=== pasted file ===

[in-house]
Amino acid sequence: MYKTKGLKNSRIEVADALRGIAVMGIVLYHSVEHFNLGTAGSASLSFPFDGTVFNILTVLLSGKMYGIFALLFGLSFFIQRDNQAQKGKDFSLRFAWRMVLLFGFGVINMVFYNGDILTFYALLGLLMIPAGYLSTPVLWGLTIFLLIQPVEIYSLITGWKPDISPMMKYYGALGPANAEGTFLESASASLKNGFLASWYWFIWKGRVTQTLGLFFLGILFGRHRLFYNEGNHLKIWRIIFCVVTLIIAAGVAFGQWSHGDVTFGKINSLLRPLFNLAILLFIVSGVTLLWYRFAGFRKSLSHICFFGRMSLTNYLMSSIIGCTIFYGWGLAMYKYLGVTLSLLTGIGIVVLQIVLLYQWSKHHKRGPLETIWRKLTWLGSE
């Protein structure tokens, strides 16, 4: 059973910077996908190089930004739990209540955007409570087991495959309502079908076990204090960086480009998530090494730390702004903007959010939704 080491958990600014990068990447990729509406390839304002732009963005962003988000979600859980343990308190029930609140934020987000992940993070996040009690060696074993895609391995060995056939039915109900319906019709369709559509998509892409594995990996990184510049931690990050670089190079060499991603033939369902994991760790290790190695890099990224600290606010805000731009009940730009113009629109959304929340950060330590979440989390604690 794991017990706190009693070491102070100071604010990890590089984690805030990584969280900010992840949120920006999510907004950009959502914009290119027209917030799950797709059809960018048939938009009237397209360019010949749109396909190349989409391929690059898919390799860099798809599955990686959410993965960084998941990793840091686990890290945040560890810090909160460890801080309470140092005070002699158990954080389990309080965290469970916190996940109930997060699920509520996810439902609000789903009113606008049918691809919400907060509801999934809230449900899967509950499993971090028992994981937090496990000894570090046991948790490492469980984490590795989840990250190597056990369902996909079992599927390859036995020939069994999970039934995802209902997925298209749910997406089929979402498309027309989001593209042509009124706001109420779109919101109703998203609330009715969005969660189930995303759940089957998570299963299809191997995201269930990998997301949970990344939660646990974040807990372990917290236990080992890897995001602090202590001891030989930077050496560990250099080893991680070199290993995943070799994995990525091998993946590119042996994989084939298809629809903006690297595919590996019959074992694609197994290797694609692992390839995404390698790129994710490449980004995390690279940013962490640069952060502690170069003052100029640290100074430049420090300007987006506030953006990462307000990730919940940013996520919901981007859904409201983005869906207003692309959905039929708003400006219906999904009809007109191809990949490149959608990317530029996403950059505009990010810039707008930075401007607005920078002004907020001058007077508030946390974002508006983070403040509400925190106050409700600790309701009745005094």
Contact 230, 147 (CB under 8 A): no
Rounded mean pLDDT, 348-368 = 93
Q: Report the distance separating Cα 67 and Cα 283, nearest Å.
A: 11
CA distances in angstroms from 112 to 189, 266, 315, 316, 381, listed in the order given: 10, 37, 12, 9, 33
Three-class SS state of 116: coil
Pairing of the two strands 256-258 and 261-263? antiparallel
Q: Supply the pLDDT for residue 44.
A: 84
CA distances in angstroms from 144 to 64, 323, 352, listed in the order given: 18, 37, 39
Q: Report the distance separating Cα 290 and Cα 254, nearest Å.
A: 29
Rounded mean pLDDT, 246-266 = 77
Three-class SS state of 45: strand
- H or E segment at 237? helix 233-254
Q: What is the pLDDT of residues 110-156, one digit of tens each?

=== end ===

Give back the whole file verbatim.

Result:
[in-house]
Amino acid sequence: MYKTKGLKNSRIEVADALRGIAVMGIVLYHSVEHFNLGTAGSASLSFPFDGTVFNILTVLLSGKMYGIFALLFGLSFFIQRDNQAQKGKDFSLRFAWRMVLLFGFGVINMVFYNGDILTFYALLGLLMIPAGYLSTPVLWGLTIFLLIQPVEIYSLITGWKPDISPMMKYYGALGPANAEGTFLESASASLKNGFLASWYWFIWKGRVTQTLGLFFLGILFGRHRLFYNEGNHLKIWRIIFCVVTLIIAAGVAFGQWSHGDVTFGKINSLLRPLFNLAILLFIVSGVTLLWYRFAGFRKSLSHICFFGRMSLTNYLMSSIIGCTIFYGWGLAMYKYLGVTLSLLTGIGIVVLQIVLLYQWSKHHKRGPLETIWRKLTWLGSE
């Protein structure tokens, strides 16, 4: 059973910077996908190089930004739990209540955007409570087991495959309502079908076990204090960086480009998530090494730390702004903007959010939704 080491958990600014990068990447990729509406390839304002732009963005962003988000979600859980343990308190029930609140934020987000992940993070996040009690060696074993895609391995060995056939039915109900319906019709369709559509998509892409594995990996990184510049931690990050670089190079060499991603033939369902994991760790290790190695890099990224600290606010805000731009009940730009113009629109959304929340950060330590979440989390604690 794991017990706190009693070491102070100071604010990890590089984690805030990584969280900010992840949120920006999510907004950009959502914009290119027209917030799950797709059809960018048939938009009237397209360019010949749109396909190349989409391929690059898919390799860099798809599955990686959410993965960084998941990793840091686990890290945040560890810090909160460890801080309470140092005070002699158990954080389990309080965290469970916190996940109930997060699920509520996810439902609000789903009113606008049918691809919400907060509801999934809230449900899967509950499993971090028992994981937090496990000894570090046991948790490492469980984490590795989840990250190597056990369902996909079992599927390859036995020939069994999970039934995802209902997925298209749910997406089929979402498309027309989001593209042509009124706001109420779109919101109703998203609330009715969005969660189930995303759940089957998570299963299809191997995201269930990998997301949970990344939660646990974040807990372990917290236990080992890897995001602090202590001891030989930077050496560990250099080893991680070199290993995943070799994995990525091998993946590119042996994989084939298809629809903006690297595919590996019959074992694609197994290797694609692992390839995404390698790129994710490449980004995390690279940013962490640069952060502690170069003052100029640290100074430049420090300007987006506030953006990462307000990730919940940013996520919901981007859904409201983005869906207003692309959905039929708003400006219906999904009809007109191809990949490149959608990317530029996403950059505009990010810039707008930075401007607005920078002004907020001058007077508030946390974002508006983070403040509400925190106050409700600790309701009745005094």
Contact 230, 147 (CB under 8 A): no
Rounded mean pLDDT, 348-368 = 93
Q: Report the distance separating Cα 67 and Cα 283, nearest Å.
A: 11
CA distances in angstroms from 112 to 189, 266, 315, 316, 381, listed in the order given: 10, 37, 12, 9, 33
Three-class SS state of 116: coil
Pairing of the two strands 256-258 and 261-263? antiparallel
Q: Supply the pLDDT for residue 44.
A: 84
CA distances in angstroms from 144 to 64, 323, 352, listed in the order given: 18, 37, 39
Q: Report the distance separating Cα 290 and Cα 254, nearest Å.
A: 29
Rounded mean pLDDT, 246-266 = 77
Three-class SS state of 45: strand
- H or E segment at 237? helix 233-254
Q: What is the pLDDT of residues 110-156, one digit of tens each?